What are the main problems you face at work?
The biggest problem is getting people to talk about mental health. For many years the conversation has been heavily stigmatized and we are now beginning to realize that even with the language we use when talking about mental health, there are still many things we say that can be harmful to other people. Along with this, it's about getting people to understand that everyone has mental health, good or bad, and that it's individual. How one managed to get through a difficult period in their life shouldn't necessarily become advice about how someone else should do it. No matter how identical the situation or event may be, each person will process it in their own way and deal with it in their own way.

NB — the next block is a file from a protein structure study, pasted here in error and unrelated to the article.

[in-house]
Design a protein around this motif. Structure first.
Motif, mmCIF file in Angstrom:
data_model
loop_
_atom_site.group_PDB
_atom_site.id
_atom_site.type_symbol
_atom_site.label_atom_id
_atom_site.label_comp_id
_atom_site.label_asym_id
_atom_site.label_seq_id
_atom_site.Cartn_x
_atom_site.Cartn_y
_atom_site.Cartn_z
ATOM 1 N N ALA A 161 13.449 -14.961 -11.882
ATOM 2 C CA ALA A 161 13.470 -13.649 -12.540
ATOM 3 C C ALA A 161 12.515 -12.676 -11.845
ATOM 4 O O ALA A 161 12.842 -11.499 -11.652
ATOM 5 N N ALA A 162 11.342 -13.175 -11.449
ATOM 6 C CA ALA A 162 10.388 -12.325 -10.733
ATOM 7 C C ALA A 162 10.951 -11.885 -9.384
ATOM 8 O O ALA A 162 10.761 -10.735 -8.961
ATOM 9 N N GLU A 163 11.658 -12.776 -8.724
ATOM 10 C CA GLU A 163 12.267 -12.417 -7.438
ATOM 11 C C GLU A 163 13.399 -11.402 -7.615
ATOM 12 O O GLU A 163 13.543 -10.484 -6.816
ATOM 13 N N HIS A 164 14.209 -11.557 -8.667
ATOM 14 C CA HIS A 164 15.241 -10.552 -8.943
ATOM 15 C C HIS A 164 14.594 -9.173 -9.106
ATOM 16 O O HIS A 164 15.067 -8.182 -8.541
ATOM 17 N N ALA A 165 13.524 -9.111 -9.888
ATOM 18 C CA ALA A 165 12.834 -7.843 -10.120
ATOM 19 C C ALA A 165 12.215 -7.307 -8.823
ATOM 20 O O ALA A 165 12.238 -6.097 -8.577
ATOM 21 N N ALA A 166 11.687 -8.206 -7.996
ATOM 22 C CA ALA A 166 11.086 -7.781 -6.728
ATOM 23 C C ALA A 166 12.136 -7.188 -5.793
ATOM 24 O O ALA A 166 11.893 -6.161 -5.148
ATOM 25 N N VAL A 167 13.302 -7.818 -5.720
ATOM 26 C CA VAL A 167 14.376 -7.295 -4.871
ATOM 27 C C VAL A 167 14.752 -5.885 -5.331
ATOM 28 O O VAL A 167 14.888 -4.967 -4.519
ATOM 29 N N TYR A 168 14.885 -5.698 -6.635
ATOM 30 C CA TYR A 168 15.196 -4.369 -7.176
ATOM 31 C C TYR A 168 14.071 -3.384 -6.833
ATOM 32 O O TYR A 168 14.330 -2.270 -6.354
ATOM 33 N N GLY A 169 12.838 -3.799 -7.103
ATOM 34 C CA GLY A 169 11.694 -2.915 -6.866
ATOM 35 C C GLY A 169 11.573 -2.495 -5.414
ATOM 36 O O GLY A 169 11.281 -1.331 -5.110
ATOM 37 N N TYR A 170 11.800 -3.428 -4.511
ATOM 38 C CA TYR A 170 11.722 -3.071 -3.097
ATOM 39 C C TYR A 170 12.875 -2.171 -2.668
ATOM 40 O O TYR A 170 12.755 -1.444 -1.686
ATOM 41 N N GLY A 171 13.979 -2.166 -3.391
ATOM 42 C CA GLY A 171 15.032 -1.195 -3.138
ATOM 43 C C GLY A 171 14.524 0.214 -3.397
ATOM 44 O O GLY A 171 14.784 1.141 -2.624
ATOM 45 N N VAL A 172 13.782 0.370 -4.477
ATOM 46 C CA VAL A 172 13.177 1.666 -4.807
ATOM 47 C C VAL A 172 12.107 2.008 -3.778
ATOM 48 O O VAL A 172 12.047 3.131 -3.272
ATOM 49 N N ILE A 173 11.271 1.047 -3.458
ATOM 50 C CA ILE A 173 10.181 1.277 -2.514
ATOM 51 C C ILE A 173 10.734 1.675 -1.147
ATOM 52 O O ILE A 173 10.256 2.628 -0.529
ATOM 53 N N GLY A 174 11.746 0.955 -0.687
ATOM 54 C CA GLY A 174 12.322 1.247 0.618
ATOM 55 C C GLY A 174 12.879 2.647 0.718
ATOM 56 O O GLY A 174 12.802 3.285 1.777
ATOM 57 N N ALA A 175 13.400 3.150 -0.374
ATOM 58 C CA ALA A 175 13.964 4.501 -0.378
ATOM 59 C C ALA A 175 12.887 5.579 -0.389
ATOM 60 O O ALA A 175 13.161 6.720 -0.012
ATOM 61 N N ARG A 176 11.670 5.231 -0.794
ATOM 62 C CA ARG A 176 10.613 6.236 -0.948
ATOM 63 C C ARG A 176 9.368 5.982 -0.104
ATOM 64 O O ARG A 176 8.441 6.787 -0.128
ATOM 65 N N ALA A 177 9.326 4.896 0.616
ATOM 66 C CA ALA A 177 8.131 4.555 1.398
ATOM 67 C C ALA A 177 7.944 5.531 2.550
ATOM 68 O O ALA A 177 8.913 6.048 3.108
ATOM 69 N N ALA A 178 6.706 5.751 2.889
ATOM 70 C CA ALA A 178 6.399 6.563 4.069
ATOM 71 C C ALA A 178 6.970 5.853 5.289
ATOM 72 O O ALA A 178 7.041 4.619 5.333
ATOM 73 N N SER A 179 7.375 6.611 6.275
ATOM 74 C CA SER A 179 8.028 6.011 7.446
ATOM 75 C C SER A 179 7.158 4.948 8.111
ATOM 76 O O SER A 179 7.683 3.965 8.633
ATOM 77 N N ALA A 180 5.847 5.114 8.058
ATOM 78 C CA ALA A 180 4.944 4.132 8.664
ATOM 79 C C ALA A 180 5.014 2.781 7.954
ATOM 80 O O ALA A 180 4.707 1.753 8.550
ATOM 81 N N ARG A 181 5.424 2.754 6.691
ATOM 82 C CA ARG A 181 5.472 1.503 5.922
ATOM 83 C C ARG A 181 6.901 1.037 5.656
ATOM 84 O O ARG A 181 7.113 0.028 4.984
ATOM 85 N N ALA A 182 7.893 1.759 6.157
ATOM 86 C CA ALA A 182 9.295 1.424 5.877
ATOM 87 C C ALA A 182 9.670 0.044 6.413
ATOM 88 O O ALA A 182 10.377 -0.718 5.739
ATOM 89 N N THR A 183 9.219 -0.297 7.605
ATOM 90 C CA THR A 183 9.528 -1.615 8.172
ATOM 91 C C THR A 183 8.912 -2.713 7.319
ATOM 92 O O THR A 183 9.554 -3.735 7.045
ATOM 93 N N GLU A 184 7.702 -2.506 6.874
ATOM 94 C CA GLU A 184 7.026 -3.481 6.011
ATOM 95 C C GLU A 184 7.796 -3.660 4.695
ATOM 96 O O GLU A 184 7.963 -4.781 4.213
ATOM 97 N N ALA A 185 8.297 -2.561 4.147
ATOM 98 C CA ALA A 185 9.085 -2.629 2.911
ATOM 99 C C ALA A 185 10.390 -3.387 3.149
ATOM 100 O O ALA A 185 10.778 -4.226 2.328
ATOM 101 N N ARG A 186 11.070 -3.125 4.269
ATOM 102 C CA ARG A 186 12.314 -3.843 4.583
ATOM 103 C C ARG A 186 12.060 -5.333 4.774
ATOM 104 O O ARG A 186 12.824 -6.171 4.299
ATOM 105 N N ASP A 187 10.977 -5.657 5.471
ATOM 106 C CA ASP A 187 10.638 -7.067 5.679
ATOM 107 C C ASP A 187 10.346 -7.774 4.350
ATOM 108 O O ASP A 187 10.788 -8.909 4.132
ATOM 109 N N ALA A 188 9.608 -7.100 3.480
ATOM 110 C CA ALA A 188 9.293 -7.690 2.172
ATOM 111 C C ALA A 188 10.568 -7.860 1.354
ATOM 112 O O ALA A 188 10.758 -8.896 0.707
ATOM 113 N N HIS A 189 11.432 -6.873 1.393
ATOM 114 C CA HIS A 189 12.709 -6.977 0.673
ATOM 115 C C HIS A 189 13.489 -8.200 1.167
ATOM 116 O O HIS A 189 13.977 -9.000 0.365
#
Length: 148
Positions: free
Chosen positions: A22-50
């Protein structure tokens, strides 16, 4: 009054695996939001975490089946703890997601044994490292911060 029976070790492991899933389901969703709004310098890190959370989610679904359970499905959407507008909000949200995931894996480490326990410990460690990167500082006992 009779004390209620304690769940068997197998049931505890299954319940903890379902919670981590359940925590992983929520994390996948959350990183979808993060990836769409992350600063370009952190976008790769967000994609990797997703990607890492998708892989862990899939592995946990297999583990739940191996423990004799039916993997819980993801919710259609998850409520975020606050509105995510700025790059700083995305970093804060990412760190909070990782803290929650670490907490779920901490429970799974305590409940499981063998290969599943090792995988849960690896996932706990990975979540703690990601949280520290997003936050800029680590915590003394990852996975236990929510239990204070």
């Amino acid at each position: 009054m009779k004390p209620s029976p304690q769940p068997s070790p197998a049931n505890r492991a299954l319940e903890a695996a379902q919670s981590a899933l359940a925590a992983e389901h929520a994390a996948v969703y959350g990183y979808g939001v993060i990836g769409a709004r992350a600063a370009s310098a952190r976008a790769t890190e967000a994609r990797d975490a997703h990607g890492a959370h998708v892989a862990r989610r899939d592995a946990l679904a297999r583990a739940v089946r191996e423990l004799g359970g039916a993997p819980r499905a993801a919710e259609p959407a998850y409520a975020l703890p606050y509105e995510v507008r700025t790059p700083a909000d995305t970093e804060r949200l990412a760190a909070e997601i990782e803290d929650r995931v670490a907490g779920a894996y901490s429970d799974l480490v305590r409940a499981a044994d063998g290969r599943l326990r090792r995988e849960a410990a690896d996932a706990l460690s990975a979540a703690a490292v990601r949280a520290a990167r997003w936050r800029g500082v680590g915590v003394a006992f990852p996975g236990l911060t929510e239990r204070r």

How do you deal with them?
By talking about it myself and normalizing the conversation, showing that I'm human and it's okay to not be okay. Respecting and validating a child's emotional state when they are vulnerable is also very important instead of telling them "forget about that", "well, life was harder when I was little", or "well, you'll just have to move on". All of these things may be true, but if a child has gained the confidence to talk to you, or has even broken down and you've noticed, their body and mind need to express something that we too often encourage or force them to "get over." " as soon as possible.
How long have you known about CBD and what is your opinion from a professional point of view? You use it?
I know thecbd oil for a few years, but my knowledge of what it is, how it works and how it is made is still very limited. As for my "professional" opinion, I think it has a lot of potential and room for growth and seems like it could provide many different benefits for people experiencing a wide range of problems. I've tried it a handful of times to see how it compared to other forms of treatment, but I wouldn't say I'm someone who uses it.
Would you recommend CBD to reduce the use of anxiolytics?